By: Amy Sedeño
In Miami, when you say “mi gente” it translates to over 30 countries and 70 percent of the population. The city that was once dubbed as “an extension of Havana” has become a melting pot of nationalities; we’ve got Colombians, Venezuelans, Brazilians, Peruvians, Puerto Ricans, Mexicans… and if I name all the countries you’ll likely move on to the next article. Naturally, Latin food concepts have popped up all over the city, and while Versailles will always be “the place” for a mid-day colada and pastelito, we’ve broadened our horizons to include these three stand-out gems that you might have otherwise missed.
Peru is a Latin American powerhouse in the culinary scene with Lima being one of the world’s best food cities. Inspired by his native ingredients and celebrity Chef Diego Muñoz, Head Chef Enriquez has created a menu that is accessible and playful but also truly authentic. These are the dishes you can’t leave without trying (unless you are planning to return). First up, their sweet and sour conchitas a la parrilla, juicy plump scallops served on their shell with chili pepper butter and passion fruit glaze topped with potato crunch; insert fire emoji. Follow this with the sticky shrimp in a sesame chow mein cake - you’ll be thinking about those crunchy, sweet, tangy, melt-in-your mouth suckers for days. If you ask Chef Enriquez, he will tell you to go for the ceviche apaltado, a little bit of avocado, a little bit of kewpi mayo, the traditional leche de tigre and a whole lot of flavor. Enriquez has a special love affair with seafood and his first job at the restaurant was to be in charge of the cold kitchen making ceviche and sushi. His skill catapulted him to Head Chef and while his six-hour seared duck and cilantro rice deserve a standing ovation his eyes light up when you say “pescado a lo macho.”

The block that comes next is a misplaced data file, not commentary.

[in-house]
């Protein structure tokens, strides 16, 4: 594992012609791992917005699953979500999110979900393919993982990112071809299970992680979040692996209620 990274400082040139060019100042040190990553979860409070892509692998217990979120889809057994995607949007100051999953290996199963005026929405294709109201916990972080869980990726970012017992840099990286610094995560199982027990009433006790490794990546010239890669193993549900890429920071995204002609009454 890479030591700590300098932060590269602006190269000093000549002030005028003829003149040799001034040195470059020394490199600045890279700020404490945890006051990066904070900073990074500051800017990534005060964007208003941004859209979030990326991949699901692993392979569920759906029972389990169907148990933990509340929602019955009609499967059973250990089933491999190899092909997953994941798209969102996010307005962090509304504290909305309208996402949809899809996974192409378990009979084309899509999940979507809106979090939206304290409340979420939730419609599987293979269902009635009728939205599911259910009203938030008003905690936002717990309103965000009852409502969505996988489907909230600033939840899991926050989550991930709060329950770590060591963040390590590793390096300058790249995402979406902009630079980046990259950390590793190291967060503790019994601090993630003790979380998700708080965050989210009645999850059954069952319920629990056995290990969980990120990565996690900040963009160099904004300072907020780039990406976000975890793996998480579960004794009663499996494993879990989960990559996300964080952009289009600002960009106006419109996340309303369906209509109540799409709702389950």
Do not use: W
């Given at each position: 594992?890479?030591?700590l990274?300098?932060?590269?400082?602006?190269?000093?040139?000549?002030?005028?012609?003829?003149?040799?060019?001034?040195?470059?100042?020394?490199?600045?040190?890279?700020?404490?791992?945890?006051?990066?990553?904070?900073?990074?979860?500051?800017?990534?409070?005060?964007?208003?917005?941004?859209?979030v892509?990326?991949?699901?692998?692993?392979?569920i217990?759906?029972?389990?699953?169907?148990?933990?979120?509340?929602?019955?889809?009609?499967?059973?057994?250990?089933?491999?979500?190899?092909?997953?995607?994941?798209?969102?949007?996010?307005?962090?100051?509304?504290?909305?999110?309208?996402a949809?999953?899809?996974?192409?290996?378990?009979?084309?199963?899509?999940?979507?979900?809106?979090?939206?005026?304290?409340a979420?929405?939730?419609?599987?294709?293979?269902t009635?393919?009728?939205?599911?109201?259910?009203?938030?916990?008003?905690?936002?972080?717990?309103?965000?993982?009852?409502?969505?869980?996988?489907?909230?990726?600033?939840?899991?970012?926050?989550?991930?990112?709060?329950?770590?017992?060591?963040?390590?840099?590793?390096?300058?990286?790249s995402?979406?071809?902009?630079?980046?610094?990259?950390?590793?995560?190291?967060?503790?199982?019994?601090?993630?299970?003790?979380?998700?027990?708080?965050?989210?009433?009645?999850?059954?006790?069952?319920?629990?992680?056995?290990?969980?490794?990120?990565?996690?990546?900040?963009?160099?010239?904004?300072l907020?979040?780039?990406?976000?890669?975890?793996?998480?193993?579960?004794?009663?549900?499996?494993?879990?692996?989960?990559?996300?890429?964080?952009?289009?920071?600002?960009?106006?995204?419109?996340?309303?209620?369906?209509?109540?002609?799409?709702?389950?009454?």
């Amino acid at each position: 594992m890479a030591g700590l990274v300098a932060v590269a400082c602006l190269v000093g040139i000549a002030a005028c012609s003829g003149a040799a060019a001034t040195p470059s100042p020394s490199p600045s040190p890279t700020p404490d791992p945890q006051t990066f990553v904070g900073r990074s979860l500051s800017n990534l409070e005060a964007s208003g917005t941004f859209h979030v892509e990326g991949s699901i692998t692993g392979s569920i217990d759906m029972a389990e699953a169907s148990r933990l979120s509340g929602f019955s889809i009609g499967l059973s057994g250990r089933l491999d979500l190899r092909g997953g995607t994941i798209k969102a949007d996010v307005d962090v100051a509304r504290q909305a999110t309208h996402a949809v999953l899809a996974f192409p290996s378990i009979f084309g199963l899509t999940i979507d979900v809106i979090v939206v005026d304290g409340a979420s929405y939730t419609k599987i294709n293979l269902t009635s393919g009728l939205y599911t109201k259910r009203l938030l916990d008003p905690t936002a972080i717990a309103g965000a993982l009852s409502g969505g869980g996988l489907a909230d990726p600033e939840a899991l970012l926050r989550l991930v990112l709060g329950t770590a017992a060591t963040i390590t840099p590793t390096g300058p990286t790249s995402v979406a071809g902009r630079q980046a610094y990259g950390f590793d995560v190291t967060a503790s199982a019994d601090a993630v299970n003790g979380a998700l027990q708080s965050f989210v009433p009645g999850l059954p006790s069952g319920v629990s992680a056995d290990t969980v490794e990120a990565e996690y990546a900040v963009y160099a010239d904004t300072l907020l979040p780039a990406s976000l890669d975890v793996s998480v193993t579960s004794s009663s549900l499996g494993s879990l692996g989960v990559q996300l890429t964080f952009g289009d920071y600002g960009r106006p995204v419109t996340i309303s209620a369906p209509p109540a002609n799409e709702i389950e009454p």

Yes, it is Cuban…no, it is not a cliché. Sansara is Spanish for “Samsara” meaning the cycle of life and rebirth in Sanskrit. Thinking back to my last meal there, yes, I was born again. Chefs Andres Vega and Sachi Statz artfully created a space that is chic without feeling pretentious, homey without feeling outdated and bold without straying too far from their Cuban roots. In Sansara, it is all about the vibe. Start off with a fruity hibiscus lavender cocktail and sip it slowly while listening to Kendrick Lamar (were you expecting Gloria Estefan?) and taking in the beauty of Sachi’s own flower arrangements and the vintage china displayed throughout. The pop-up restaurant is just as creative in the kitchen. Order the papaya salad with pork belly, the perfect balance of fat and acidity, the croqueta cake benedict (need I say more?) and the café con leche pan perdu, soaked in coffee and milk for 24 hours and topped with coffee caramel and evaporated milk foam. Repeat.
It’s Colombia not Columbia. The friendly waitress from Medellin was wearing the t-shirt proudly as she served plates of pan de bonos, tequeños, pork rinds and arepas. Ocio offers an elegant atmosphere and homemade Colombian dishes. Bring your parcero for lunch and taste a traditional bandeja Paisa, sancocho de gallina (a Colombian-style hen soup only served on Fridays and Sundays and glorified hangover cure) and Colombian potatoes. For breakfast, enjoy an arepa de choclo (sweet corn), coffee and beef empanada. If you’ve got a sweet tooth, try the arequipe milhoja, the Latin version of a mille-feuille. Take the time to look over their extensive and highly visual menu; it’s truly a work of art.